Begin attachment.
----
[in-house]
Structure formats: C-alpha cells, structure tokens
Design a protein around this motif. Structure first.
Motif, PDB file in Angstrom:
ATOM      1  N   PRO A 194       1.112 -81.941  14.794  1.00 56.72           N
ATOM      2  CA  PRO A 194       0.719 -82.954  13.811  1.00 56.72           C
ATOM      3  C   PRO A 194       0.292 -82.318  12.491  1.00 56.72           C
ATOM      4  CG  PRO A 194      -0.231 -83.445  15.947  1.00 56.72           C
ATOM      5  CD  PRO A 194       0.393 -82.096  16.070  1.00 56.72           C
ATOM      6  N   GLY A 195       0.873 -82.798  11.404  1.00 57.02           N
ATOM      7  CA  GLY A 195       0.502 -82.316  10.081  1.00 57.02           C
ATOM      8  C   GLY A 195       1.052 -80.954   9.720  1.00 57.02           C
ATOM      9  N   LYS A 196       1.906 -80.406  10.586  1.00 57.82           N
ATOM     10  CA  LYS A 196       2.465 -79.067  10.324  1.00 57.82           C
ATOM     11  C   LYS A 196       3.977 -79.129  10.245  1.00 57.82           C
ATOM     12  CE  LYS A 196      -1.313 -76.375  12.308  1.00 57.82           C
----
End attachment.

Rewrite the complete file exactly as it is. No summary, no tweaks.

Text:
[in-house]
Structure formats: C-alpha cells, structure tokens
Design a protein around this motif. Structure first.
Motif, PDB file in Angstrom:
ATOM      1  N   PRO A 194       1.112 -81.941  14.794  1.00 56.72           N
ATOM      2  CA  PRO A 194       0.719 -82.954  13.811  1.00 56.72           C
ATOM      3  C   PRO A 194       0.292 -82.318  12.491  1.00 56.72           C
ATOM      4  CG  PRO A 194      -0.231 -83.445  15.947  1.00 56.72           C
ATOM      5  CD  PRO A 194       0.393 -82.096  16.070  1.00 56.72           C
ATOM      6  N   GLY A 195       0.873 -82.798  11.404  1.00 57.02           N
ATOM      7  CA  GLY A 195       0.502 -82.316  10.081  1.00 57.02           C
ATOM      8  C   GLY A 195       1.052 -80.954   9.720  1.00 57.02           C
ATOM      9  N   LYS A 196       1.906 -80.406  10.586  1.00 57.82           N
ATOM     10  CA  LYS A 196       2.465 -79.067  10.324  1.00 57.82           C
ATOM     11  C   LYS A 196       3.977 -79.129  10.245  1.00 57.82           C
ATOM     12  CE  LYS A 196      -1.313 -76.375  12.308  1.00 57.82           C